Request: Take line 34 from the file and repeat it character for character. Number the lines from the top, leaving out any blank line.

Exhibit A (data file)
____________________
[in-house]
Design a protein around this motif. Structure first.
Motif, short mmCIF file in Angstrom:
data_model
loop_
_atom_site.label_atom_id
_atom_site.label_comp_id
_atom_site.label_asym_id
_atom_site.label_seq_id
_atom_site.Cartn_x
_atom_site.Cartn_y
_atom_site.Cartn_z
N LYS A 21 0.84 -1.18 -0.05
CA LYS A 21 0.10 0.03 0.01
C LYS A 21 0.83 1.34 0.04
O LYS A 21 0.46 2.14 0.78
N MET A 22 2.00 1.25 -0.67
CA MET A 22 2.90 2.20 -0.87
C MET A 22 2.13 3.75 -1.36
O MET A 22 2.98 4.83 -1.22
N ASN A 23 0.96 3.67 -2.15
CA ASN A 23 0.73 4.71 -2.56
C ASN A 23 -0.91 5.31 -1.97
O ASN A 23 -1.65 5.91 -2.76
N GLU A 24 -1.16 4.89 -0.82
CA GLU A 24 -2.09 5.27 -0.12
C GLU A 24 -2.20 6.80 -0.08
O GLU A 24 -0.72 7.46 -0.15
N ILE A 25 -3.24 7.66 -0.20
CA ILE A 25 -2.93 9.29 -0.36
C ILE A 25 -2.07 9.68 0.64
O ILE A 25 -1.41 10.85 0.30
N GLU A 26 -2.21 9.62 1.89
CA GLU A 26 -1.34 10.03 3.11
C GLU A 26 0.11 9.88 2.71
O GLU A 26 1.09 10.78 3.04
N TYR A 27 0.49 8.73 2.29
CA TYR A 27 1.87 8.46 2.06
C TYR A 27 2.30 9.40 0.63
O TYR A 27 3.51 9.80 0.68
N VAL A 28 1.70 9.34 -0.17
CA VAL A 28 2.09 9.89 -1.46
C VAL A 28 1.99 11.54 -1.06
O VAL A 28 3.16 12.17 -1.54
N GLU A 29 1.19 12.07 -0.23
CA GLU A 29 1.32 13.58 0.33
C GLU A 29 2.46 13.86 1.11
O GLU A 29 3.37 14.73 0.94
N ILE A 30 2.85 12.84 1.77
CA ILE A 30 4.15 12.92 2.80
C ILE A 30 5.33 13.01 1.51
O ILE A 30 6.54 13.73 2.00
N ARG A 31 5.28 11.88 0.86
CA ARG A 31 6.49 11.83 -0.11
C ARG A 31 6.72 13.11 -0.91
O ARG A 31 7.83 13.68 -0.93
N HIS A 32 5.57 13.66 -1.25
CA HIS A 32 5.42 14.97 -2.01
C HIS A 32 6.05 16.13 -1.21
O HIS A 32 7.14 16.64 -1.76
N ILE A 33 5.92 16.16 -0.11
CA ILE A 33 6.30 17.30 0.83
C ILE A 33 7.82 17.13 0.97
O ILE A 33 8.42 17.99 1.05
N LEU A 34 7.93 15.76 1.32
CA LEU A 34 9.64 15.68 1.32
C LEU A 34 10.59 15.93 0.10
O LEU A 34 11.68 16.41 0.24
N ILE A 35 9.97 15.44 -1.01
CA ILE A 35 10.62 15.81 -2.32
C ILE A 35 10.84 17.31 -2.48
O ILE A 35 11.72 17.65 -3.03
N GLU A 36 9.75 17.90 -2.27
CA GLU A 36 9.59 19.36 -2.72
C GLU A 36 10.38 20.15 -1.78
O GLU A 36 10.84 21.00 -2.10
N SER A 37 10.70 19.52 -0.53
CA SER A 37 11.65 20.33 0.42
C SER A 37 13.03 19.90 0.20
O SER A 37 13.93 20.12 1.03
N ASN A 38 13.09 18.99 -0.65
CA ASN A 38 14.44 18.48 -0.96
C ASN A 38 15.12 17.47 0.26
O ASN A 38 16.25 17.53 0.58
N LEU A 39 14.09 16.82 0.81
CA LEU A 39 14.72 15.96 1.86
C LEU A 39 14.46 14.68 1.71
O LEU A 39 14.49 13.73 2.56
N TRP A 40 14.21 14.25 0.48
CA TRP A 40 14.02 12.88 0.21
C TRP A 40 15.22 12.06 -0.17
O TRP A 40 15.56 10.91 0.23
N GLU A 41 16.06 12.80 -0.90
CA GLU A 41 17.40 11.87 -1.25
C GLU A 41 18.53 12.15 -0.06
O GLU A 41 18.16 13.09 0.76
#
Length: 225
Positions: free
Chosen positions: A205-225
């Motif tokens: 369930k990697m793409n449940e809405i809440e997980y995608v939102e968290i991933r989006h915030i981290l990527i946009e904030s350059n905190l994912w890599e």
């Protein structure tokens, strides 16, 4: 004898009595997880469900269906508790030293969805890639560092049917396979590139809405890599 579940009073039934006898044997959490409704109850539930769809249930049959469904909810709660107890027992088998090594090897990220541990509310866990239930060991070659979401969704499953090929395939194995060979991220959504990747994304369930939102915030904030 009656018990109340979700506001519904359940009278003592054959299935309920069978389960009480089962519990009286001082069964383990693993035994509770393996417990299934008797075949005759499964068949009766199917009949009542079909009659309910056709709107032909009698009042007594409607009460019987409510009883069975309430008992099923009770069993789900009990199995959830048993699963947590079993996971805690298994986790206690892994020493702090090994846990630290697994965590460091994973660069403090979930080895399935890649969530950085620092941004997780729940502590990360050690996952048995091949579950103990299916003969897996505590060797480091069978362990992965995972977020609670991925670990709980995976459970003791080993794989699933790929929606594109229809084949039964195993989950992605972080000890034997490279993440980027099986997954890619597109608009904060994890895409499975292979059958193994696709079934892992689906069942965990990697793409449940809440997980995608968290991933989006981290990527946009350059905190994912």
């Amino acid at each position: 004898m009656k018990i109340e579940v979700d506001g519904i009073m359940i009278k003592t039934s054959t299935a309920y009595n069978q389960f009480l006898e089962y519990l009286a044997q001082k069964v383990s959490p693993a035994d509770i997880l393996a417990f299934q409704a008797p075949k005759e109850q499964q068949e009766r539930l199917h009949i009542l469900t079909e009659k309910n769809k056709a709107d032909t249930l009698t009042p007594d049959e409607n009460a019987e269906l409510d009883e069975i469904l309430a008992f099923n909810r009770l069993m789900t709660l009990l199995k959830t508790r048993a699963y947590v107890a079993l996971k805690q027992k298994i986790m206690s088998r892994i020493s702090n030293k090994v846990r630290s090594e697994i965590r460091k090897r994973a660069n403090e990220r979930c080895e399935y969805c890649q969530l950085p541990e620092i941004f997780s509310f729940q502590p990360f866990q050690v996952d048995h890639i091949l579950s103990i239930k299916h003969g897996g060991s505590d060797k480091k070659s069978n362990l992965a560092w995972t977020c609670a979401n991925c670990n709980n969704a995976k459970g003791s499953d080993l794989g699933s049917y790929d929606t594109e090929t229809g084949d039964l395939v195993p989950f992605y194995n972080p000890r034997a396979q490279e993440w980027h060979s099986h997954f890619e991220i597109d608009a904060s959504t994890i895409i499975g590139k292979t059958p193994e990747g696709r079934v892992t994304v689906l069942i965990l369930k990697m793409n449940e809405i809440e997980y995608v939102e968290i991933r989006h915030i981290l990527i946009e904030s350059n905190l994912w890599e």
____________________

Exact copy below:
CA GLU A 26 -1.34 10.03 3.11